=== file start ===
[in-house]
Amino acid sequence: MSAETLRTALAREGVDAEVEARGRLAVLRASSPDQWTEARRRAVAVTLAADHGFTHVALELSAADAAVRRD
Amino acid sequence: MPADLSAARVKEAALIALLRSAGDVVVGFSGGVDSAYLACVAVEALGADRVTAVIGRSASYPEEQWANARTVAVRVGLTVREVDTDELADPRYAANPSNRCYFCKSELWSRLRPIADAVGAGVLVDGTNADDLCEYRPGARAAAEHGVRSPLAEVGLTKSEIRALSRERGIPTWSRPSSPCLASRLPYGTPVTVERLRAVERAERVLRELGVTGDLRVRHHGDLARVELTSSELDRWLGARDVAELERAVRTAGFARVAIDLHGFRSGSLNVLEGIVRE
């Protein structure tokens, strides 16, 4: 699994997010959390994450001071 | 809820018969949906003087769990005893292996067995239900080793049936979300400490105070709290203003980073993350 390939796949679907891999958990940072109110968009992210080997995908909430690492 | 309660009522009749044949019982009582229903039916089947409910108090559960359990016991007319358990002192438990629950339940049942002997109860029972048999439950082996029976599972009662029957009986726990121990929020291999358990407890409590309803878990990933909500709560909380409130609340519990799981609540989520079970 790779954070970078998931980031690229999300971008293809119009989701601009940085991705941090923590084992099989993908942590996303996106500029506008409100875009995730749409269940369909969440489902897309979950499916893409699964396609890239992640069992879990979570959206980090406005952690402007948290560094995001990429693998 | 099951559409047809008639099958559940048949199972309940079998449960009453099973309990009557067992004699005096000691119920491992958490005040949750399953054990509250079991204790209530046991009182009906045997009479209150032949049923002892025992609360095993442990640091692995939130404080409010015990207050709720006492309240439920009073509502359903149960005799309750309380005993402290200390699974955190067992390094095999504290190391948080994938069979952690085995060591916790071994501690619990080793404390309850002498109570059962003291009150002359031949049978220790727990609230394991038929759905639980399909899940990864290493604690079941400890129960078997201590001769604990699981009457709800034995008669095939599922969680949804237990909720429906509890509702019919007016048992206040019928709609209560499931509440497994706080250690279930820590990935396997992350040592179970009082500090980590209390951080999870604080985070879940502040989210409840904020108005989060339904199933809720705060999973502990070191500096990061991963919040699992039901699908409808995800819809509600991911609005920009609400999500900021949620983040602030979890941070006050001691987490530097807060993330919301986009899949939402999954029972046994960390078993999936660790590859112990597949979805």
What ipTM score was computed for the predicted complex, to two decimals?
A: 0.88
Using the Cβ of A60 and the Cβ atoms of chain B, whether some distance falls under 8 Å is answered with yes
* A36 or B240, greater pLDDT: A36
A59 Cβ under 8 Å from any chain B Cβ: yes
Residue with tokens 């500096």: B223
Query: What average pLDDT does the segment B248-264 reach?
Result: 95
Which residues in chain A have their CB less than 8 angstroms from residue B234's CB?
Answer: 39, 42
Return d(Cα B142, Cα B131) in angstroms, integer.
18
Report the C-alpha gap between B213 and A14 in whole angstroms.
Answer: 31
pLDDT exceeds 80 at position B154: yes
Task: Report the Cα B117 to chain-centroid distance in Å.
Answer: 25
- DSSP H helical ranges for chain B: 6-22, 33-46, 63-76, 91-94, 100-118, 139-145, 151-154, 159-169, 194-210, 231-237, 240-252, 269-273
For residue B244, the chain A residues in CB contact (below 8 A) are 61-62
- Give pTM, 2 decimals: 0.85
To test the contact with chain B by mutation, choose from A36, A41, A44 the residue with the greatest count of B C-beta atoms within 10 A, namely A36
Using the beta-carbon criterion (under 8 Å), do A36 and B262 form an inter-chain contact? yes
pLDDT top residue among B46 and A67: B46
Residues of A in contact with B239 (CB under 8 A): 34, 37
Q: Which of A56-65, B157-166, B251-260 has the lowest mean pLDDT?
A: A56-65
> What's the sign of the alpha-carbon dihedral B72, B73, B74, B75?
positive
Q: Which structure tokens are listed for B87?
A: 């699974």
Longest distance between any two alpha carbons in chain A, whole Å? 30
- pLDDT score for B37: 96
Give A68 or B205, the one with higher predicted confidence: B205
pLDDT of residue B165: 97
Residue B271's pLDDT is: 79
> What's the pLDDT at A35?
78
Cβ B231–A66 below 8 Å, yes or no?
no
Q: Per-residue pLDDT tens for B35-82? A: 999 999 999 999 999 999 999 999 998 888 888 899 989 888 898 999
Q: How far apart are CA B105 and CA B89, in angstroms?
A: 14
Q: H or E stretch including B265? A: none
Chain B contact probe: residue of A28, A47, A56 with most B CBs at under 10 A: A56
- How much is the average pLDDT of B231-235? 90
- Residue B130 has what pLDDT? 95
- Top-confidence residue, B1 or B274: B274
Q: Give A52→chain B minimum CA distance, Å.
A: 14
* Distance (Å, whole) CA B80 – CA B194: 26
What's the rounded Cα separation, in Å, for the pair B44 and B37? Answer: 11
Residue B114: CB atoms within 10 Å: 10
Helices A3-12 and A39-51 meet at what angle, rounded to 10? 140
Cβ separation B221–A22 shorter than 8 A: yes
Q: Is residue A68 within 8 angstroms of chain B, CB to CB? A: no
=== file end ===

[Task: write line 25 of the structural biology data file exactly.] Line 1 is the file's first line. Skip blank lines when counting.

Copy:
To test the contact with chain B by mutation, choose from A36, A41, A44 the residue with the greatest count of B C-beta atoms within 10 A, namely A36